Rofhiwa Masuwa, a resident of Makushu-Musholombi village in Limpopo, is someone who believes that the key to realising one’s dreams in life is hard work, dedication and self-esteem, and that helping and caring for other people adds joy to one’s life.
Rofhiwa holds a Bachelor’s degree in Nursing Science from the University of Venda, and is a registered nurse working in a primary healthcare facility. But it was not easy for her to finish her studies. She realised along the way that she would not be able to subsist on the bursary funds alone.
“I had problems with money as I was doing my nursing degree. Thankfully to my father who made it easy for me by doing everything in his power to make sure that the little money that he had, he gave it to me.”
She knows that many people leave academia due to lack of money, but she is quick to advise fellow youths that it is always a good idea to seek odd jobs on weekends to supplement their funds.
“I used to walk about 7km to and from school every day. I never had challenges with my schoolwork lapsing, because I knew what I wanted in life. I always made sure I was on top of my class all the time.”
While Rofhiwa is a kind, caring and loving person, she had not been that strong or brave in the first few days at her job. Quickly, though, she became more comfortable and earned the respect of her seniors.
“Dealing with sick people is never easy. As a nurse, you see new life and you see people die every day. Being a nurse needs someone with a big heart. So being in the field made me brave.”
“Being a youth in South Africa is bad at this moment. I say so because there is a high rate of unemployment among youths. As youths, we need to come up with new ways or innovative ideas to start businesses which will create employment for fellow youths.”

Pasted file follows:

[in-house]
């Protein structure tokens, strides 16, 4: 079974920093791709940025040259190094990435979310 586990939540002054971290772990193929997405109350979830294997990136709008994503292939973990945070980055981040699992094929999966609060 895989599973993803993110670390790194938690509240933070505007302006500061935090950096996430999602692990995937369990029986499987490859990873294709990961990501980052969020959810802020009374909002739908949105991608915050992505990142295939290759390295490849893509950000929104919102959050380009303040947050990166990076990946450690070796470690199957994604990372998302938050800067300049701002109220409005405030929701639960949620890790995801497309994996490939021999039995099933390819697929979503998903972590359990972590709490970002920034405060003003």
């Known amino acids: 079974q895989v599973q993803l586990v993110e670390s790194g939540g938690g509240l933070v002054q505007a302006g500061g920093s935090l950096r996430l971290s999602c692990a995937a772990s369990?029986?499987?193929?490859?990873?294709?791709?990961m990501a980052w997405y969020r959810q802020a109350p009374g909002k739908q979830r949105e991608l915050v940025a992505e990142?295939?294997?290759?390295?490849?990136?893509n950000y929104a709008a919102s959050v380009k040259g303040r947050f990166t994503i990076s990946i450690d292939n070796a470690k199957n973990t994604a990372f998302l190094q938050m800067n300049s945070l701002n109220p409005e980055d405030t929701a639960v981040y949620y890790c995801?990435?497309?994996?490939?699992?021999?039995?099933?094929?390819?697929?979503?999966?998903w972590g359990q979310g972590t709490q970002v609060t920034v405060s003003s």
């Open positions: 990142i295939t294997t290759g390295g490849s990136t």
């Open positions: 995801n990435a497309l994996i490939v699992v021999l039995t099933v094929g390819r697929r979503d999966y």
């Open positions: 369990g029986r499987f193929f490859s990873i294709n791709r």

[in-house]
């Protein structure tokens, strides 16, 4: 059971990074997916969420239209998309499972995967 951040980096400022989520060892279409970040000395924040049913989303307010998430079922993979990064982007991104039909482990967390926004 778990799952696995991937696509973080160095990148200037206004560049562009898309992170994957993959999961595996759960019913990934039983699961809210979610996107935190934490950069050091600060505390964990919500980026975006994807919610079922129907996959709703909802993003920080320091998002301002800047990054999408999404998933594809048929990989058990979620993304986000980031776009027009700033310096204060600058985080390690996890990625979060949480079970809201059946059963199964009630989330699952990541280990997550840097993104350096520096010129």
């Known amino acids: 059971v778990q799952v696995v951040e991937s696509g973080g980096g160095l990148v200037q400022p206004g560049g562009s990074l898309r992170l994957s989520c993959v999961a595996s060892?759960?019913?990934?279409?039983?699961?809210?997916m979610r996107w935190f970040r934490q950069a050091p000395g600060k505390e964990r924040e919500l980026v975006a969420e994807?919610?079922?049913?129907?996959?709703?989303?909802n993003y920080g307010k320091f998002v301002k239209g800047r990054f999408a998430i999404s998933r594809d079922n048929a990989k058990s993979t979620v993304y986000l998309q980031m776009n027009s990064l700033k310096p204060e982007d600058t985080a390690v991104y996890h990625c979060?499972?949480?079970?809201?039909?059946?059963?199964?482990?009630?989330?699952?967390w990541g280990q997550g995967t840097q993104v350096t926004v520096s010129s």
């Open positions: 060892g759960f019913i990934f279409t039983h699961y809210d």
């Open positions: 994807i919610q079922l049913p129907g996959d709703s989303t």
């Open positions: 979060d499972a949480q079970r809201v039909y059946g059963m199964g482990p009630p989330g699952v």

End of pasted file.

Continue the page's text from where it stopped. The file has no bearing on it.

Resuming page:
Meanwhile, she feels that there are many opportunities to grow oneself in the nursing field and she is glad about that.
“But there are insufficient resources in the Department of Health. It’s bad to turn patients away because you are unable to help.”
In 2016, Rofhiwa’s world was shattered when her sister was raped.
“While I was in the library studying for my exams, I received a call from my mother that my younger sister had been abducted and raped on her way back from school. I was hurt and disappointed.”
The incident broke Rofhiwa’s heart. Worse still was the fact that police failed to solve the case even though there was enough evidence.
“The case went cold, even though the culprit was known. This and all other cases of the abuse of women and children that are being reported daily evoked my emotions and I decided to write a book, She Cries.”
She Cries deals with what women should do to prevent being abused, especially in their relationships. It also talks about the cultural principles and misinterpreted Christian teachings that instil the wrong morals in men and exacerbate gender-based violence.
“After the ill treatment by the justice system when my younger sister was raped, I also felt the need to write my piece about the injustice in the corrupt justice system of South Africa. There’s more to this book and I think that the onus is on every human to read this story.”
She Cries is available directly from the author at R250. Rofhiwa Masuwa is available on Facebook and can be reached at 079 262 2074 or firstname.lastname@example.org.
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